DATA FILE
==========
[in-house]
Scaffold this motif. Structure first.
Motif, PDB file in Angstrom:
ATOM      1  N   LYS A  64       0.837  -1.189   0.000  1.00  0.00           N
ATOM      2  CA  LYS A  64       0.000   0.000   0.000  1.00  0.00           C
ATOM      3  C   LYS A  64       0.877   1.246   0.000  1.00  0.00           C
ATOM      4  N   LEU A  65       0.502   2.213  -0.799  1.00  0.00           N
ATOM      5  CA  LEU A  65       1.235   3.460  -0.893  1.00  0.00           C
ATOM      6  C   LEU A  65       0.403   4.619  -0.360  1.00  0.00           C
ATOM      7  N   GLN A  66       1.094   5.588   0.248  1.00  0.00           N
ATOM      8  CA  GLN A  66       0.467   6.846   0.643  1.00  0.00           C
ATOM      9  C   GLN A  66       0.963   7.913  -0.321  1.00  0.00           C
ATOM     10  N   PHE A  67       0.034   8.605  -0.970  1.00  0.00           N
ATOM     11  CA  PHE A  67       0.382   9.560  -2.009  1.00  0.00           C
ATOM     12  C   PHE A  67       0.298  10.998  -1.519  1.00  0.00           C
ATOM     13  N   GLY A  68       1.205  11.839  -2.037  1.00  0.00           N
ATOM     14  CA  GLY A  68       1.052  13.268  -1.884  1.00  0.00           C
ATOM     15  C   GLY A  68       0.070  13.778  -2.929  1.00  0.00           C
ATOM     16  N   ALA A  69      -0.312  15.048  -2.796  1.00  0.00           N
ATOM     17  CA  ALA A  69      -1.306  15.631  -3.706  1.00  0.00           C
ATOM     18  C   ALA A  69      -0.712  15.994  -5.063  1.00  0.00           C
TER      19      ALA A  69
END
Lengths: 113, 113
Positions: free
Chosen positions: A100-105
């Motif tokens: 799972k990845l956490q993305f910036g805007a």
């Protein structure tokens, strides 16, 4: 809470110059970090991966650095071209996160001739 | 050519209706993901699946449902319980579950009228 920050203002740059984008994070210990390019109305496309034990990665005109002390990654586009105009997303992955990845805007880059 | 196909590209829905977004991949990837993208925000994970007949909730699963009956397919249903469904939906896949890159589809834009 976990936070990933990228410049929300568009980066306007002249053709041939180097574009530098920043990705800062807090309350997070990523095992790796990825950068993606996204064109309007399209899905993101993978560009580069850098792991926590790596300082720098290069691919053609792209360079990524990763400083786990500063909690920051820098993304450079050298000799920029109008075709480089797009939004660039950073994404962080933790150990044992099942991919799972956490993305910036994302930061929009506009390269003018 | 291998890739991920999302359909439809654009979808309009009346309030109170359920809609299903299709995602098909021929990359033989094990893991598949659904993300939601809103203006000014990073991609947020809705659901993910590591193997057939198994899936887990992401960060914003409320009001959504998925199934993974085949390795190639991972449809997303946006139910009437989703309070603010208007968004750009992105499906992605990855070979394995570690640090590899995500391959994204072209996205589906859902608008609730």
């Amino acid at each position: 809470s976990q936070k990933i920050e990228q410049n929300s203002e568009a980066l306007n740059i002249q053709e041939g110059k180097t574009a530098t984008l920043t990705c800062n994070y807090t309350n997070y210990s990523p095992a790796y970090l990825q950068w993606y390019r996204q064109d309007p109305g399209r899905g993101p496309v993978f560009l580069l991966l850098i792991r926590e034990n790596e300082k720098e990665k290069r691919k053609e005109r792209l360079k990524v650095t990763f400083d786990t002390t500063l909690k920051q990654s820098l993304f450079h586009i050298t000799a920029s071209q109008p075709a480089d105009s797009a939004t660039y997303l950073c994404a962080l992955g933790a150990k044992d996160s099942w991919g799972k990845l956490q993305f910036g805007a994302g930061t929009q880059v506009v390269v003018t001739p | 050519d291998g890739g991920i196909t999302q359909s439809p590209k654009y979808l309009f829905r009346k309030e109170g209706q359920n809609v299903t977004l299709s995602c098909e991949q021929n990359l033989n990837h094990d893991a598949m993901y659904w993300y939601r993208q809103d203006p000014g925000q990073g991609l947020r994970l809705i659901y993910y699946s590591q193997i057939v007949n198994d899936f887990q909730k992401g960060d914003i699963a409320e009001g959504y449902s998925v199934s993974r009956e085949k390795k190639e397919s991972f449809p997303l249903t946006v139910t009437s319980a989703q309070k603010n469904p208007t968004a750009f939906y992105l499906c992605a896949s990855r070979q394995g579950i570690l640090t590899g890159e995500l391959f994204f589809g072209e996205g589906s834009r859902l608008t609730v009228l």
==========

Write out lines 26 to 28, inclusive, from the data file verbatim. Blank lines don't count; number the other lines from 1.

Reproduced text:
Chosen positions: A100-105
């Motif tokens: 799972k990845l956490q993305f910036g805007a």
């Protein structure tokens, strides 16, 4: 809470110059970090991966650095071209996160001739 | 050519209706993901699946449902319980579950009228 920050203002740059984008994070210990390019109305496309034990990665005109002390990654586009105009997303992955990845805007880059 | 196909590209829905977004991949990837993208925000994970007949909730699963009956397919249903469904939906896949890159589809834009 976990936070990933990228410049929300568009980066306007002249053709041939180097574009530098920043990705800062807090309350997070990523095992790796990825950068993606996204064109309007399209899905993101993978560009580069850098792991926590790596300082720098290069691919053609792209360079990524990763400083786990500063909690920051820098993304450079050298000799920029109008075709480089797009939004660039950073994404962080933790150990044992099942991919799972956490993305910036994302930061929009506009390269003018 | 291998890739991920999302359909439809654009979808309009009346309030109170359920809609299903299709995602098909021929990359033989094990893991598949659904993300939601809103203006000014990073991609947020809705659901993910590591193997057939198994899936887990992401960060914003409320009001959504998925199934993974085949390795190639991972449809997303946006139910009437989703309070603010208007968004750009992105499906992605990855070979394995570690640090590899995500391959994204072209996205589906859902608008609730």